METAPHOR : This is That

July 29, 2012
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METAPHOR : This is That

by Rochelle Jewel Shapiro

August 2012

 

The greatest thing by far is to be a master of metaphor, it is the one thing that cannot be learned from others; it is also a sign of genius, since a good metaphor implies an eye for resemblance.

-Aristotle, De Poetrica, 322 B.C.

". . . the reader must be made to understand the connection between the two disparate things that are being compared."
—Shapiro

A metaphor, comparing one thing to another, is only different from a simile by the omission of “like” or “as a.” “My love is like a rose.” (simile). “My love is a rose.” Metaphor.

In order to be effective, the reader must be made to understand the connection between the two disparate things that are being compared. Here are authors who have made their connection clearly for the purpose of educating the reader.

“Language is a road map. It tells you where its people come from and where they are going.” –Rita Mae Brown

“Conceptually, the melting pot is a metaphor for mixing disparate cultures…” The Melting Metaphor: Only in New York

But when you’re writing fiction or poetry, metaphor has a life of its own. Tony Hoagland in real sofisticashun (Graywolf Press, 2006) calls metaphor “neurologically primal,” having a wildness so that we don’t know where it comes from. His metaphor for metaphor is that the head says, “Fetch me a metaphor,” and a moment later, the hand reappears offering up a metaphor. In that way, the poet isn’t in charge. The unconscious is.

Stephen Dobyns in Metaphor and the Authenticating Art of Memory says that metaphors exist to heighten the object of comparison.

Look at the way Cynthia Ozick uses metaphor to heighten the feeling of heat. “The streets were a furnace, the sun an executioner.”

"A metaphor only works well if the two things being compared spring to the reader’s mind."
—Shapiro

In The Butt of Winter Marge Piercy heightens the nauseating poverty of the lower east side tenements through metaphor: “Between the lower east side tenements, the sky is a snotty handkerchief.”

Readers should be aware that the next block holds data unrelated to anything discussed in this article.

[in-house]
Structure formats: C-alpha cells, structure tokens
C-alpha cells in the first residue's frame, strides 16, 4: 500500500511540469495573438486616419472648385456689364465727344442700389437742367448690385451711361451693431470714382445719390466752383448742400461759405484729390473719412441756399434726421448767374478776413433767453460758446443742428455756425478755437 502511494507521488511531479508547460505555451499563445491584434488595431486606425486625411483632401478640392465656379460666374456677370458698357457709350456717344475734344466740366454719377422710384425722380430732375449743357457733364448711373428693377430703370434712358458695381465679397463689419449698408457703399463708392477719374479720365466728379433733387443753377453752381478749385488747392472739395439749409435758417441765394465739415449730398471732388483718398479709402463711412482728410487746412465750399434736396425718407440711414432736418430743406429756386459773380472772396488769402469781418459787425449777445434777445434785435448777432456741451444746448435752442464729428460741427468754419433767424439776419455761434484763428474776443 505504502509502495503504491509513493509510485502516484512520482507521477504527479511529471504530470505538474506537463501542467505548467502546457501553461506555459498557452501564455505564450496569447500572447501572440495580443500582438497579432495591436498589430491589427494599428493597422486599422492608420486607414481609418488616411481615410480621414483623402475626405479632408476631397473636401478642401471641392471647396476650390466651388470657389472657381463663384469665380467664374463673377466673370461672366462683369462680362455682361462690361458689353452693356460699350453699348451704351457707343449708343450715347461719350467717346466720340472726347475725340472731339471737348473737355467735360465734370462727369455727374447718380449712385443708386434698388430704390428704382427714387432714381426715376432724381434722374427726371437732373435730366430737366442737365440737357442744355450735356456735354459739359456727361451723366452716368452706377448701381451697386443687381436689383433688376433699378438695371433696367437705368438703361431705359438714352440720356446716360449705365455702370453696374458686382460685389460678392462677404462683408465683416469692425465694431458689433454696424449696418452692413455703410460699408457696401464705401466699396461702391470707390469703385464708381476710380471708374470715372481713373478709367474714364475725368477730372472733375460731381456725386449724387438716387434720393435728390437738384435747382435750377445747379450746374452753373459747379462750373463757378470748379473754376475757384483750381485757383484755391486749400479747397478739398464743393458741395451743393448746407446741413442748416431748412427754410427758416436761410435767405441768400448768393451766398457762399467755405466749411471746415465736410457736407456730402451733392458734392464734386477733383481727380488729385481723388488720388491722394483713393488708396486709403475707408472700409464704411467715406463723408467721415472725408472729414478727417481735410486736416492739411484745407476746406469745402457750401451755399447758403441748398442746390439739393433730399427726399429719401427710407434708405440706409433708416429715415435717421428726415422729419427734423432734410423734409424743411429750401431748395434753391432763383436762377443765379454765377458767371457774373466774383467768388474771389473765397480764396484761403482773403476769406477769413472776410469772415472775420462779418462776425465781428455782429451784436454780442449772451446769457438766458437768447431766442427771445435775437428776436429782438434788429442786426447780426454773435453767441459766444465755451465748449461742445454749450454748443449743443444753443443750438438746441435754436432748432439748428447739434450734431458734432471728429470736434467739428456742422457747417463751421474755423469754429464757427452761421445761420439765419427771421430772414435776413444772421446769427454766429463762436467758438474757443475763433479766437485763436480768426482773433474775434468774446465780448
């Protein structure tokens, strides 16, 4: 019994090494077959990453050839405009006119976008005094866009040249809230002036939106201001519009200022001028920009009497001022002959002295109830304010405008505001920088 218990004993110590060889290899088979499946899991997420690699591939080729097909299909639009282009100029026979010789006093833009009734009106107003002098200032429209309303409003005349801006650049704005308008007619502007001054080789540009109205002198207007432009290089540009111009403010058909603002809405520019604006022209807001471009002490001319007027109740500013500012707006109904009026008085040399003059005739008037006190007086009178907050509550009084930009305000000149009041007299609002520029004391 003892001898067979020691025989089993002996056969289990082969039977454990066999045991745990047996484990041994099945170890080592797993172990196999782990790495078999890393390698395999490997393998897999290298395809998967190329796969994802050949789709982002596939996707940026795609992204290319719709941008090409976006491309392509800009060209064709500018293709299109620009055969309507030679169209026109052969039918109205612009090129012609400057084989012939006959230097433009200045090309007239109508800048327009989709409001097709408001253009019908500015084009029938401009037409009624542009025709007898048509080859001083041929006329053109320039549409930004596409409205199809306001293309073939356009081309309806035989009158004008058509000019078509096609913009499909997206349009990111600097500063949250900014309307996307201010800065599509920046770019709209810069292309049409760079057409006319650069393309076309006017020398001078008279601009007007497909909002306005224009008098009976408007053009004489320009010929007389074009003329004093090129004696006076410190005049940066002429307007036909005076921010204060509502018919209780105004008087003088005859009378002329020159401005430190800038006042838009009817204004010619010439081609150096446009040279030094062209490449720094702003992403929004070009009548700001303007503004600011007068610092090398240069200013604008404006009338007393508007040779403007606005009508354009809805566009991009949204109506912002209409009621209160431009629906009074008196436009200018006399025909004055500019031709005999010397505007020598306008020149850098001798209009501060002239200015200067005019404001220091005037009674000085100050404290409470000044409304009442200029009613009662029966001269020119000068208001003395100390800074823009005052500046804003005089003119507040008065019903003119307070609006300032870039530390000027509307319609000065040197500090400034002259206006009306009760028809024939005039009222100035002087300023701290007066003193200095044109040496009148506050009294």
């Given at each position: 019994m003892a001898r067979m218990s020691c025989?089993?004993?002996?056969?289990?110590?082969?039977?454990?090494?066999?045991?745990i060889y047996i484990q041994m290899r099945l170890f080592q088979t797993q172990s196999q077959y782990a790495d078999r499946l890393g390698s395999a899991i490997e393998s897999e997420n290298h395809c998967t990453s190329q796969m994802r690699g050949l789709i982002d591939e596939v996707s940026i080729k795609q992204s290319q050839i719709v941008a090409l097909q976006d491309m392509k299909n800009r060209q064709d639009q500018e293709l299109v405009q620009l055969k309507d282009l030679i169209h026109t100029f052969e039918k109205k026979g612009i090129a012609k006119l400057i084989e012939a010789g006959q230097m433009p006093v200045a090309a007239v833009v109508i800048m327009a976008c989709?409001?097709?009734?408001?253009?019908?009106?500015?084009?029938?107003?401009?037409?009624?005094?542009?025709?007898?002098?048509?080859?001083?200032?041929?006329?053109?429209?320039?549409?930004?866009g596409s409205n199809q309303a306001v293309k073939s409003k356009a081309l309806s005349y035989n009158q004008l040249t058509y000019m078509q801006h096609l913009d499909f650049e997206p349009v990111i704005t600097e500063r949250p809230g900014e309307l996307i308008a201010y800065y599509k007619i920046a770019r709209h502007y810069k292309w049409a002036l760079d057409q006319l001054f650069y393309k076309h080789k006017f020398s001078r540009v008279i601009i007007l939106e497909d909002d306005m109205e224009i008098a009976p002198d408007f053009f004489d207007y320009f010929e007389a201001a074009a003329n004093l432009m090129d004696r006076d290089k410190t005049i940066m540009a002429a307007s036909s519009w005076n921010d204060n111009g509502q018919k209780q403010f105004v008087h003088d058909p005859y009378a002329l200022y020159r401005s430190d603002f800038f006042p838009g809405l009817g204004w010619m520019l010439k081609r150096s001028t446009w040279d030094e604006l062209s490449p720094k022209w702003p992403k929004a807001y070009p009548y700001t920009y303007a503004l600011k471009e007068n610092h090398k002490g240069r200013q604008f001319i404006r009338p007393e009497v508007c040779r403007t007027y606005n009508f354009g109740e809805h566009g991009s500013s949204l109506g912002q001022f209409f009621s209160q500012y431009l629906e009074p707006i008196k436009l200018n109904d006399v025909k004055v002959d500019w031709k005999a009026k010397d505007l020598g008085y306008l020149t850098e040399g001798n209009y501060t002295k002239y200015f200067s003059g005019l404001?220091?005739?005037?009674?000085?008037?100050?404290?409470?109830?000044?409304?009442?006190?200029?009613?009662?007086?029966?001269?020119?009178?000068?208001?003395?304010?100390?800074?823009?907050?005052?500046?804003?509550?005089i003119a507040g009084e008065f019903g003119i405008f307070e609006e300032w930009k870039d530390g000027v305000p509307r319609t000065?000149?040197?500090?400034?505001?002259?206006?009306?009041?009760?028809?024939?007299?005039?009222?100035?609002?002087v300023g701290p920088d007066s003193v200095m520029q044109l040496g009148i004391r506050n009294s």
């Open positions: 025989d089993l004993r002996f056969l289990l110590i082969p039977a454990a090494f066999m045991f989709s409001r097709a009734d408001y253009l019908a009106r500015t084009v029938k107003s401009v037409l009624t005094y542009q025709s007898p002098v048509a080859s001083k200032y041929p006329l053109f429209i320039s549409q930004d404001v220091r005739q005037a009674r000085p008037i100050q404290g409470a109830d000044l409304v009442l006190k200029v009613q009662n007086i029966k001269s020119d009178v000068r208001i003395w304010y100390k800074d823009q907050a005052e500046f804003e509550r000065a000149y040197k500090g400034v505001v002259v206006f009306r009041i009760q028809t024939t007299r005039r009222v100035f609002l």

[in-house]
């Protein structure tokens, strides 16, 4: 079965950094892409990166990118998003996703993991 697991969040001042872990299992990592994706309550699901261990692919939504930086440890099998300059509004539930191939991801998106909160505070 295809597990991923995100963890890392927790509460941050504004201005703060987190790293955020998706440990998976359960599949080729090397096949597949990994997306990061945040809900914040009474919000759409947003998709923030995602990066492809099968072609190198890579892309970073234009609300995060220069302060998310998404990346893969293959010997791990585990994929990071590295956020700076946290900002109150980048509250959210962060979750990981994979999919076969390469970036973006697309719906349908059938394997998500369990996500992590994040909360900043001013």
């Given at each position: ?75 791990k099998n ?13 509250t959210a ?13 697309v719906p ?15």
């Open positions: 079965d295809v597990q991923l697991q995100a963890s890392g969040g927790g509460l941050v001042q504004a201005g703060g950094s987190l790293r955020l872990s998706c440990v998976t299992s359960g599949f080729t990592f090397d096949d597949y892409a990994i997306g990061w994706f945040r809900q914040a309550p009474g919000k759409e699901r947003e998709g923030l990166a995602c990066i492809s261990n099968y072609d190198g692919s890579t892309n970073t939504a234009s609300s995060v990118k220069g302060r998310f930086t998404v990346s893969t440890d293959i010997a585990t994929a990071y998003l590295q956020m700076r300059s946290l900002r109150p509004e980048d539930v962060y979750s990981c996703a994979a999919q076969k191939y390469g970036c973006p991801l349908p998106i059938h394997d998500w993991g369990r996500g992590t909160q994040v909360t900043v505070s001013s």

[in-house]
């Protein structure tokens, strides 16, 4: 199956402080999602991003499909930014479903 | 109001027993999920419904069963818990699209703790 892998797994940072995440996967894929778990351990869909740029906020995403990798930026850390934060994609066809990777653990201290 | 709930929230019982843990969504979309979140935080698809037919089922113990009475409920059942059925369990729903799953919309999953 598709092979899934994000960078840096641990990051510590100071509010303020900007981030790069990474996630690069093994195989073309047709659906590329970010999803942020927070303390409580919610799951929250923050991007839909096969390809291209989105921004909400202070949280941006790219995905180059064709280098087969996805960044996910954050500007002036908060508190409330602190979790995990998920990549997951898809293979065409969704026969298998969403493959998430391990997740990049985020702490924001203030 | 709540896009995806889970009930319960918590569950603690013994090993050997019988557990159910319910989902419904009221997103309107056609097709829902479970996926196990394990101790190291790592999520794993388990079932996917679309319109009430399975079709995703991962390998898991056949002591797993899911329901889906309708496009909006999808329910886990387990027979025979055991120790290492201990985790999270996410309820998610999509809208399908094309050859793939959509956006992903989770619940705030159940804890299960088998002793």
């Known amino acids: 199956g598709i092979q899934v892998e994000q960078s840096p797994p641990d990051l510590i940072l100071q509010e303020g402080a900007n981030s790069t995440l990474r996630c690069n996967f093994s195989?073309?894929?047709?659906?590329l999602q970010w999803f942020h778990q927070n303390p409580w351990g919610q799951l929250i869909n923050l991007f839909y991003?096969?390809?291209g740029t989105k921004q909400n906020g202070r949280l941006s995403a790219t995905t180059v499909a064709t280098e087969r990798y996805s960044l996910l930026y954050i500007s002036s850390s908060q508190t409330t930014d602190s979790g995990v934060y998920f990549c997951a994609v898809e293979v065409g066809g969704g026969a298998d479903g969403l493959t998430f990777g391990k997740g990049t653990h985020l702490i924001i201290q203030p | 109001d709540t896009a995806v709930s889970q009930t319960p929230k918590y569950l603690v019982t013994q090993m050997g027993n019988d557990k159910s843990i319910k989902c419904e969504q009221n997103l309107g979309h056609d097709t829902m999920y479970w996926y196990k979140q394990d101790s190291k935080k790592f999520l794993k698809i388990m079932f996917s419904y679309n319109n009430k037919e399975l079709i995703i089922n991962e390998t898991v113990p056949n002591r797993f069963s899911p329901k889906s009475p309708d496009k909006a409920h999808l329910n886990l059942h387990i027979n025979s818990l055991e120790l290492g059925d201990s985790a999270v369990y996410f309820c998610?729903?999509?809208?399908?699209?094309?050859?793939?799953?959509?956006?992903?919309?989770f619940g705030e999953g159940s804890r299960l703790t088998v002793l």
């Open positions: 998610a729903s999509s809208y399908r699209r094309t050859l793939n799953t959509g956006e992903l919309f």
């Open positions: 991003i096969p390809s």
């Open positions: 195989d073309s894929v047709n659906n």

A metaphor only works well if the two things being compared spring to the reader’s mind. If the reader doesn’t know about the Sahara desert, then Robert Lowell’s metaphor, “a Sahara of snow,” wouldn’t bring to his mind the vast emptiness, the blinding quality of that snow.

Metaphors, Hoagland points out, can have an illogic to them, yet speak to the reader. A metaphor goes on a journey of imagination, like Jack who takes his family cow to market and instead of bringing home money for it, to his mother’s fury, brings home magic beans. The mother throws them outside and they grow into a beanstalk. When Jack climbs it, he has adventures that lead him to kill a giant and bring his mother home a hen that lays golden eggs.

"A good exercise in metaphor-making is to make a list, pairing a concrete object with a feeling . . ."
—Shapiro

As an example, he cites a Laura Kisischke poem, “A Long Commute” in which she compares faith to a long commute with time to change the radio station, to relive the past, consider the future…” Then she makes the leap to a boy who must have been standing at a bus station, considering his future, the afternoon a bomb when off. Kisischke uses fantasy, imagining what could have been in the boy’s mind as he waited by the trash can at the bus station. Her metaphors don’t just serve to enrich realism, such as “Sahara snow,” but go off into the surreal, “bending realism,” as Hoagland says, “into its own shape.”

A good exercise in metaphor-making is to make a list, pairing a concrete object with a feeling such as:

Refrigerator  Boredom 
Helium  Kindness 
Vulture  Being Dumped 
Parasol  Panic 
Yogurt  Liberty 
Frying Pan   Envy 

Let your hand slip under the cloth and fetch you a metaphor, let it grow in the soil of your mind like the magic beans. Who knows what will happen when you climb that beanstalk into the heights of imagination?

About
Rochelle Jewel Shapiro

 

 

 

Rochelle Shapiro is a regular columnist for Authorlink.


Watch for her insights every month on Authorlink.

 

Rochelle Jewel Shapiro is author of Miriam the Medium (Simon & Schuster) and has published essays in NYT (Lives), Newsweek (My Turn), et. al. Her essay, ESS, ESS, is just out in FEED ME: WRITERS DISH ABOUT FOOD, EATING, WEIGHT, AND BODY IMAGE, ed. by Harriet Brown (Random House, 2009). She has been nominated for a Pushcart Prize in poetry. She teaches Writing the Personal Essay at UCLA extension. Visit her at: www.rochellejewelshapiro.com or http://rochellejewelshapiro.blogspot.com/

 

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